What Is Luxating Patella in Dogs?

Check out some common causes, symptoms, and treatment options of luxating patella in dogs. Learning more about this condition is critical to your furry friend's well-being.

Jan 17, 2024By Nikita Hillier
what is luxating patella in dogs

Luxating patella in dogs is a relatively common condition that affects a dog’s knee joint. This issue can significantly impact a dog’s quality of life. In this blog, we will take a deep dive into the world of luxating patella and the challenges that come along with it.

Some dogs may be more susceptible to this condition than others, so it is important to understand some preventative techniques. Bulldogs and some terrier breeds can develop this condition if they overexert themselves.

Unravelling Luxating Patella in Dogs

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Also known as floating kneecap, luxating patella happens when the kneecap (patella) moves out of the place where it usually sits, which is the groove of the femur (thigh bone). This painful and very restrictive injury can cause soreness in dogs and cause them to walk poorly or cease walking completely.

The discomfort dogs deal with when dealing with this issue can be excruciating. However, the severity of the condition will vary. Some dogs may just have some occasional discomfort, while others will have consistent pain.

Usually, luxating patella is genetic, meaning that some breeds are more likely to experience it than others because of their build. This is what makes it so important to only adopt dogs from ethical breeders. They consider many factors when mating a mommy and daddy dog together, including whether a parent deals with luxating patella.

Breeds Prone to Luxating Patella

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While luxating patella is fairly common in dogs, it is more commonly seen in certain dog breeds. This puts a huge emphasis on the fact that it is largely genetic. The anatomy and size of certain breeds are often to blame for their susceptibility to this condition.

Understanding which breeds are at risk can allow both dog owners and veterinarians to be proactive and monitor any signs of luxating patella. Check out the list below to see which breeds will most likely be affected.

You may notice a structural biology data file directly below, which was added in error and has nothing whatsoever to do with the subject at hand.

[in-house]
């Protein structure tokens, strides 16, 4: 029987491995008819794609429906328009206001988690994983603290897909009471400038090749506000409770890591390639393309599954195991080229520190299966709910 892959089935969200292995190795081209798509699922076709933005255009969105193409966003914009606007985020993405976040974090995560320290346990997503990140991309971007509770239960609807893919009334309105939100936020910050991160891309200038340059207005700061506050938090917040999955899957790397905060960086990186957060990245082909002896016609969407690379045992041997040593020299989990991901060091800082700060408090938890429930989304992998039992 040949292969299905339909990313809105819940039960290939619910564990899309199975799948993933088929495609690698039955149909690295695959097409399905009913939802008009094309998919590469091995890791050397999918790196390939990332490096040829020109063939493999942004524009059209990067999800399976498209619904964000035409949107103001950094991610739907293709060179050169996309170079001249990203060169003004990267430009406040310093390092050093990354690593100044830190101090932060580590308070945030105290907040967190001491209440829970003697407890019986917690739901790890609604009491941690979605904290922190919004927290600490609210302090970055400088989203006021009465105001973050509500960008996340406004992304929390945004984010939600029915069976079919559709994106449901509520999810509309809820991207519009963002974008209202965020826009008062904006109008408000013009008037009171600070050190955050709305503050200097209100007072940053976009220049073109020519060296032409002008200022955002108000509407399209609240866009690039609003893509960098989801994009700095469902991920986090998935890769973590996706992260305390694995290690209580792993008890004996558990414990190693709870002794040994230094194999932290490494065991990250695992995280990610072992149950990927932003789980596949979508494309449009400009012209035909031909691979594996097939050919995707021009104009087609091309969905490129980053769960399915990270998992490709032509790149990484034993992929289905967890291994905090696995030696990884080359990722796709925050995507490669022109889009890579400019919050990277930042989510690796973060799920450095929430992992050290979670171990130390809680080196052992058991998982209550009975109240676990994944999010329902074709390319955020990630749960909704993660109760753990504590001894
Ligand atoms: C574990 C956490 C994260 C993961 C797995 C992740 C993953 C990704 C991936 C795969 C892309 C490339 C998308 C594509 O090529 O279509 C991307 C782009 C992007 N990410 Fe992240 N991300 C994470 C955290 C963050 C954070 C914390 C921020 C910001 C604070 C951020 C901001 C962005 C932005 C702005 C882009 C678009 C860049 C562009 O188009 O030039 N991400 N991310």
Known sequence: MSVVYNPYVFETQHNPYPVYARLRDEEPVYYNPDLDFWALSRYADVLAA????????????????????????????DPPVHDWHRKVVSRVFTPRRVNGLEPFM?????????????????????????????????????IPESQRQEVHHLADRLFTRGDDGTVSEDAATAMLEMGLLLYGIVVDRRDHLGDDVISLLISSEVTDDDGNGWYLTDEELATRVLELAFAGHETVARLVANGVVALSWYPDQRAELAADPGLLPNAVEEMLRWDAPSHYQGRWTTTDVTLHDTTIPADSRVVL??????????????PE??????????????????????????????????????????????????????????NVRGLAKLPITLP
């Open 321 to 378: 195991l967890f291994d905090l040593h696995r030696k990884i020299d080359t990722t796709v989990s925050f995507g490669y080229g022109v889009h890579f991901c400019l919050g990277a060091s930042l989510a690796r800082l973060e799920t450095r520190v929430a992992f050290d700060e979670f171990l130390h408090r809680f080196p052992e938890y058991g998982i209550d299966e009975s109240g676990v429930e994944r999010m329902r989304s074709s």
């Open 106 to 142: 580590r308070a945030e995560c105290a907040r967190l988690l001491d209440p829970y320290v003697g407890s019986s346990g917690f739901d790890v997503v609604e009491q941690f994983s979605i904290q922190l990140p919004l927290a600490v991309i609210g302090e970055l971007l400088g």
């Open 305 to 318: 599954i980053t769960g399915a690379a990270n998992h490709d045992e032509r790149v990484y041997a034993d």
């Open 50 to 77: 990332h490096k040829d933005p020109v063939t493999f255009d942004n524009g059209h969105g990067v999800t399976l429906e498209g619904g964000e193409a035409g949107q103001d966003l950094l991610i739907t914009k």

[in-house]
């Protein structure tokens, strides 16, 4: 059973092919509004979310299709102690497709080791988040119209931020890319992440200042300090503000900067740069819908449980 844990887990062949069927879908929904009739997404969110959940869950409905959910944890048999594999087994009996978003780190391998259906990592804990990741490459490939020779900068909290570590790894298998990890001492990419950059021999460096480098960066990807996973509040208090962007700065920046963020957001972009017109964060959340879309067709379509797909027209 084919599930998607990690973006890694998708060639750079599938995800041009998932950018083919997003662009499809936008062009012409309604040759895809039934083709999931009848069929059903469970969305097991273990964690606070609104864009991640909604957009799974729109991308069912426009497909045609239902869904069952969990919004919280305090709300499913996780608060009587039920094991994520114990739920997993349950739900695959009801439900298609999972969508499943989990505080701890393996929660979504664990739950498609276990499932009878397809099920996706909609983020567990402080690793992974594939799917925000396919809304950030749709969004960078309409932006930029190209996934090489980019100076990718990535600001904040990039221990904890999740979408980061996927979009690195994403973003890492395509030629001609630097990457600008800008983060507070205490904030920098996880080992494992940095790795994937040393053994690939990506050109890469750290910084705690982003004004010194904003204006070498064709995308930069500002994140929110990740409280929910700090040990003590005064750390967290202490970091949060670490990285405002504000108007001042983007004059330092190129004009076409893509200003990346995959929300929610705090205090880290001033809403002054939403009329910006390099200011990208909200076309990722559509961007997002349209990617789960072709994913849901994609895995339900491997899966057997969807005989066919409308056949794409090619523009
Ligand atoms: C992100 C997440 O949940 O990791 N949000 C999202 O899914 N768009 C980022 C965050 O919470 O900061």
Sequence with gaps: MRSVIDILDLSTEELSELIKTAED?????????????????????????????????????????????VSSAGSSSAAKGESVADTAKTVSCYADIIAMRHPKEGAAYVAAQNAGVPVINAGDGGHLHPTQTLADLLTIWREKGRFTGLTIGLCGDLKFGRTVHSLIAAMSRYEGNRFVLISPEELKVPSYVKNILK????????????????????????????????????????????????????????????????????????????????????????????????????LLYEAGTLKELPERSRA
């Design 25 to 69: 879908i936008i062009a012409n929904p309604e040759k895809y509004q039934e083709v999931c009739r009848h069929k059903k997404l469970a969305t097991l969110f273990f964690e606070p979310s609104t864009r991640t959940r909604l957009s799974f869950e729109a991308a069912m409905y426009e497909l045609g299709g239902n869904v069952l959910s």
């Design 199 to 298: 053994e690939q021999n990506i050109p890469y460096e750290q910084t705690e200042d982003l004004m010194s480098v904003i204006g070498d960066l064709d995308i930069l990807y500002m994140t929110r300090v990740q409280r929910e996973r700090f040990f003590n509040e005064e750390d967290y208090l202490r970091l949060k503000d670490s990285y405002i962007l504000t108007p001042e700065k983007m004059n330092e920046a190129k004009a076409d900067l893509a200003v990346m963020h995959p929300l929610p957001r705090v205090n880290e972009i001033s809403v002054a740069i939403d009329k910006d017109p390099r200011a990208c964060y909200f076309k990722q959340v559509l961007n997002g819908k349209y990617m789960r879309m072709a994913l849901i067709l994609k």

Although only small, these little companions are known for their large personalities. However, they are unfortunately very prone to luxating patella due to their delicate bone structure. A lot of these dogs have odd conformation that makes their kneecaps misaligned anyway, so further pressure on their joints and bones could lead to luxating patella.


Pomeranians are prone to quite a few health issues, orthopedic issues included. Their compact size and genetics make them super susceptible to luxating patella. Keeping up to date with regular vet check-ups can make a huge difference when it comes to maintaining their joint health.


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Even though these dogs have a very distinct appearance, they still struggle greatly with luxating patella. Their unique body shape, alongside their long back and short stature, puts a massive amount of strain on their knee joints. This is why regular monitoring is crucial.

Yorkshire Terriers

Yorkshire Terriers are super affectionate and energetic companions that are prone to severe joint issues, including luxating patella. Their lively and energetic nature puts a lot of stress on their joints. A lot of proactive measures should be put in to maintain their overall health and well-being.